?  FROM:  "The assistance in education of deserving persons in the field of Aerospace Engineering and Flight."

?  CHANGED TO:  "Educate Americans to the advantages of Air and Space Power."


(Our assistance in education has been targeted to ROTC students who have interests in aerospace studies and indicate potential for military service particularly, but not limited to pilots.  Who are the Americans we now are charged to educate?  Are we now to support adult education classes so that we serve all Americans, not just students?)



?  FROM:  "The encouragement and stimulation of the younger generations in developing those attributes emphasized in the Tenants of the Order."

?  CHANGED TO:  "Honor the legacy of our Founder Members and all who have flown in defense of our Nation."


(What does legacy mean?  What needs to be emphasized and not be omitted or glossed over, is what the Founders stood for.  What needs to be passed on to future generations are The Tenets of the Order:  FIRST: To place nation above self.  SECOND:  To be worthy of the trust and confidence of fellow Daedalians.  (Personal Integrity and Character.) These are the heart of the matter - not how they have flown.)  


2.f.  There is a new addition to the Objectives:


?  ADDED TO: "Recognize exceptional performance by military pilots."


(A worthy addition.  As the premier military pilots organization we need to recognize exceptional military pilots as a stand alone Objective.  At Flight 18 we annually recognize the Distinguished Pilot of the Colorado Air National Guard.  We honor him with a crystal eagle type trophy and a year membership in the Order and our Flight.  Most have continued their membership in succeeding years.  National HQ could do the same with civilian pilots singled out by the FAA for our annual award, if, they happen to be ex-military pilots who retired or separated to fly with the airlines.)



2.g.  There is a significant deletion from the Objectives.


?  DELETED: To increase the membership of the Order so that the weight of its membership and the prestige of the Order will ensure perpetuity and augment the capabilities of the Order to effect its Objectives.


(Why has something as important as Membership been deleted from a prominent place in the Objectives of the Order?  We must continually seek new members to survive.)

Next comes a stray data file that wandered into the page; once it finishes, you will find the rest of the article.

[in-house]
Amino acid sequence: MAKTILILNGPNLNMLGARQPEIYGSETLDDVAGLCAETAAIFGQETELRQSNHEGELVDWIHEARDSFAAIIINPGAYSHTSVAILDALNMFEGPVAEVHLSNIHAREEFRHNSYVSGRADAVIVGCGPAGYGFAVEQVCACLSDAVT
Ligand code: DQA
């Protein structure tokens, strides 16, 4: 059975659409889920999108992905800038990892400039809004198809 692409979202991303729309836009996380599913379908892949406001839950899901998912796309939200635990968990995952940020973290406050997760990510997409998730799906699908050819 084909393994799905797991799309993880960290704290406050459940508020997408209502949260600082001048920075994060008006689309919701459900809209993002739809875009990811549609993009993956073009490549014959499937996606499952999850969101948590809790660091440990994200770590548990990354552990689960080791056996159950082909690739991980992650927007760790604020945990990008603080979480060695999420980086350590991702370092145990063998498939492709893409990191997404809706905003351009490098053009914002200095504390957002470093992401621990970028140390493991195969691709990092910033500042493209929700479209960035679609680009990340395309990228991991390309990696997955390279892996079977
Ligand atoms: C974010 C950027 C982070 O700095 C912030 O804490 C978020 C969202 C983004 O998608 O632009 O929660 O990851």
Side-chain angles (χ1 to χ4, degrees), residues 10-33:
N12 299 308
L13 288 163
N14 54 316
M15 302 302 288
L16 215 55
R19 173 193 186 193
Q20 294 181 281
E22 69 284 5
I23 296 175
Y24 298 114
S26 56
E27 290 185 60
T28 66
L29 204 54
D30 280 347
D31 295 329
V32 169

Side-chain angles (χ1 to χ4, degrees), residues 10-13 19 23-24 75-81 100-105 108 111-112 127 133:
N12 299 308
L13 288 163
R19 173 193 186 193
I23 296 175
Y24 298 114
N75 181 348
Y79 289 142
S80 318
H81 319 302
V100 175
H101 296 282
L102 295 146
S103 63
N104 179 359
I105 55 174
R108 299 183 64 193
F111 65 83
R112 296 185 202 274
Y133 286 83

3.  In summation, I urge that the Second Tenet be changed back to its original wording of "Fellow Daedalians" (plural) instead of "a Fellow Daedalian" (singular) in regards to worthiness in matters of personal integrity, character, and patriotism.


4.  The revisions made to our original objectives should be withdrawn. If changes must be made, make sure they remain true to the time-tested foundation, principals and professionalism on which the Order was founded.  The new Objective on recognizing exceptional pilots is a good one, as discussed below.


4.a.  It is essential that we work to support aerospace activities to maintain our freedom and preeminent status among nations.  This entails much more than just military aviation and national defense.


4.b.  It is not an idle cliché that "Flying Safety is Paramount."  It needs to stand alone as one of the key Objectives of our recognition and awards program and be a visible manifestation that we support the current motto of "Excellence In All We Do." 


4.c.  The new Objective to honor exceptional military pilots is a great idea.  We should also keep the award to civil aviation which plays an increasing role in transporting military personnel and cargo.  We should recruit those airline pilots who are ex-military pilots.  Perhaps include a one year membership as part of the award.


4.d.  We need to continue to support those young people who receive training or are enrolled in aerospace related educational programs and encourage them to serve the nation in a military career.  The times are changing.  We need to keep abreast and, while keeping military pilots our priority, we must not ignore the other facets of aerospace power i.e., unmanned aerial vehicles and space missions.


4.e.  We must continually seek qualified individuals to join our Order so that it maintains a vibrant, fully functioning and supporting arm of our nation's armed forces.  Do not remove this important objective from our Bylaws.







E. DALE BOGGIE, Colonel, USAF, Ret                            3 February 2007                              

Provost Marshall, Past Flight Captain

Flight 18, Mile High, Denver, Colorado